He was not nicely dressed, but dressed like Elijah in rough clothes. He denied himself luxuries. He did not get rich off of his preaching. He did not tell people what they wanted to hear. Indeed, Jesus said, John was a prophet. But he was more than a prophet, he was the forerunner of Messiah, the messenger who was prophesied to prepare the way of the Messiah. Jesus referred to the Old Testament prophesy of Malachi 3:1. As that messenger, John was the greatest man in history. (28) He was greater than any of the other Old Testament prophets. They received prophesies about the Messiah, but John was chosen by God to actually see the Messiah in person and direct people to him. Remember how he pointed to Jesus and said “Behold, the Lamb of God, who takes away the sins of the world!” (John 1:29)

Jesus’ next statement is shocking at first. He said “Yet the one who is least in the kingdom of God is greater than he”. (28) How could that possibly be?

It is not because of what we have done. It is because of who Jesus is and what he has done. It is because they, and we, have experienced the finished work of Jesus and know the forgiveness of sins through his death on the cross, the power of his resurrection and the gift of eternal life. John was saved and we will see him in heaven. But he did not get to experience the blessing we have of knowing the whole gospel and having a full experience of Christ.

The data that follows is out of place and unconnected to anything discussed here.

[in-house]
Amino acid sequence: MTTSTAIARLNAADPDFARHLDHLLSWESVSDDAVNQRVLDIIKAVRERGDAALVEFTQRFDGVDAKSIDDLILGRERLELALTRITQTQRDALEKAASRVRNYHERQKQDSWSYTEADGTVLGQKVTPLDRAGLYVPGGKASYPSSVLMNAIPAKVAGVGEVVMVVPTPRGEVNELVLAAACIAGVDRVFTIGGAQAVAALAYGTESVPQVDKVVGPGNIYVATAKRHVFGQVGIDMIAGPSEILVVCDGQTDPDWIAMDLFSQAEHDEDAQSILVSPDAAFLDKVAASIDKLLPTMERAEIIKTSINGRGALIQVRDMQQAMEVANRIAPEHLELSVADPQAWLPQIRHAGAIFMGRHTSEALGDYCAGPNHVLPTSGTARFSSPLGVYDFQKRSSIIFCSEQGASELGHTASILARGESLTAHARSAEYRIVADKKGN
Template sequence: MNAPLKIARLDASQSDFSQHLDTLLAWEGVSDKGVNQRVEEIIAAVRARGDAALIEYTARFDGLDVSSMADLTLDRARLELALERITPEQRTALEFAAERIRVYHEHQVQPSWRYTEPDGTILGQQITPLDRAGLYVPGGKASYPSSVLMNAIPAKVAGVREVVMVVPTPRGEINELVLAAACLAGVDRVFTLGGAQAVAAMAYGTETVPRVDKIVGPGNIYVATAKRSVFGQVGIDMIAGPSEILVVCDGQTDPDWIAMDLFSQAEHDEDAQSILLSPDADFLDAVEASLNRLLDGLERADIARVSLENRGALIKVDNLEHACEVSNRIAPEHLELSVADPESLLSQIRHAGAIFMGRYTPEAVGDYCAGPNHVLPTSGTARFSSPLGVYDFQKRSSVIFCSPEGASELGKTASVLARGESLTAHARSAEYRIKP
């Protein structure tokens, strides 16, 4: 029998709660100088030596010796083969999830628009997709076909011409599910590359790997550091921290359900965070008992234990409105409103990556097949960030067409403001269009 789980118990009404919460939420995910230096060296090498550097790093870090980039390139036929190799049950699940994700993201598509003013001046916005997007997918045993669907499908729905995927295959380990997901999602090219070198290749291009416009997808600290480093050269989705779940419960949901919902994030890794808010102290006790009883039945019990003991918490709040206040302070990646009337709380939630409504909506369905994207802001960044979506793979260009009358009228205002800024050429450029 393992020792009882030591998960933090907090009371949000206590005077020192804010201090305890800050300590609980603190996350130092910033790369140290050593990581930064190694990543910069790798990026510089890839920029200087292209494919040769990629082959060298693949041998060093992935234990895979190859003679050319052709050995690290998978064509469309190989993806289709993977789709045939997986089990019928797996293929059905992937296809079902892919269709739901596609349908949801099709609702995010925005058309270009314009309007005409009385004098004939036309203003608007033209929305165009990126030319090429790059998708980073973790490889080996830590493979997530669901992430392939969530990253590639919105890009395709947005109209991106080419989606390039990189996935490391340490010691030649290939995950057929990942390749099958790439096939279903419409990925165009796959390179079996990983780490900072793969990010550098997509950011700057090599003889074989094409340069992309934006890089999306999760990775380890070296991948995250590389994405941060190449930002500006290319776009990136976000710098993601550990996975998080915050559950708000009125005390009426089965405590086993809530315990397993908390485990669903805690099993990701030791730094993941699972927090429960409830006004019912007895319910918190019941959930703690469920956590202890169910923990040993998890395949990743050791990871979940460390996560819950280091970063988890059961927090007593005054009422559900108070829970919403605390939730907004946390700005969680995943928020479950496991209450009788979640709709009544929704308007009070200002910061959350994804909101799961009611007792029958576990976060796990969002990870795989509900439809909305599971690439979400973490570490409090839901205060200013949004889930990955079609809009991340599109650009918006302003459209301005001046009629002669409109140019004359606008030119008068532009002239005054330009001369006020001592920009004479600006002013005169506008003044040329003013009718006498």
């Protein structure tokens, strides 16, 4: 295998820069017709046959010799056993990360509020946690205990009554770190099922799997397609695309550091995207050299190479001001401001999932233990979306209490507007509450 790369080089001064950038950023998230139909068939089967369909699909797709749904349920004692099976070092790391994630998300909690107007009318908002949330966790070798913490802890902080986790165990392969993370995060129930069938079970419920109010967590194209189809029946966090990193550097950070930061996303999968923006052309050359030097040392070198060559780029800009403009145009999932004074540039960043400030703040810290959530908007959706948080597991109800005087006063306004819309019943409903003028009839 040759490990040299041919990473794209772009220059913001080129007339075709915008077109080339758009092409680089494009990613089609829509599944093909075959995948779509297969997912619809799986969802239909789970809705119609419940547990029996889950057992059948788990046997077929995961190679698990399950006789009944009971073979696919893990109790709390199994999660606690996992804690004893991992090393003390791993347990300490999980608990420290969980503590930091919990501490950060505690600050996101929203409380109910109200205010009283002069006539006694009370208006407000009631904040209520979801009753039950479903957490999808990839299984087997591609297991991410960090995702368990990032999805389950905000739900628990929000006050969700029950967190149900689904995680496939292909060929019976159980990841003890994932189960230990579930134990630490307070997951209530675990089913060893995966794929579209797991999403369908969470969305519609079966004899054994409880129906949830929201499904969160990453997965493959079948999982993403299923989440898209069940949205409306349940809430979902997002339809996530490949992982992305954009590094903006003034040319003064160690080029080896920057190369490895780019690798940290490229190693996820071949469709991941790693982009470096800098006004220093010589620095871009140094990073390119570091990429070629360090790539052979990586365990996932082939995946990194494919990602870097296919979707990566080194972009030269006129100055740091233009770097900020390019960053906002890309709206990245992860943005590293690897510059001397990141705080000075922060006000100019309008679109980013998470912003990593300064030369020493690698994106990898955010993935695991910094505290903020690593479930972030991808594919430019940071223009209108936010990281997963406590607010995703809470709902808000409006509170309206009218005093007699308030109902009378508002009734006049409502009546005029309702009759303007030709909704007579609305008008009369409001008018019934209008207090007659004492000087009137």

As usual, the crowd reacted to Jesus’ words about John in different ways. Verse 29 tells us that the people who had been baptized by John declared God just. They had received John’s message of repentance to prepare the way of the Lord and had been baptized to show their repentance. They admitted, or confessed, that God was just in that he was correct about their sin and need for repentance.

But others, notable Pharisees and lawyers (teachers of the law) rejected John’s message and God’s purpose for them. (29) They did not desire a salvation that came from God’s grace through faith. They wanted a salvation based on works. They believed that their own adherence to the law caused God to accept them on the bases of their merit.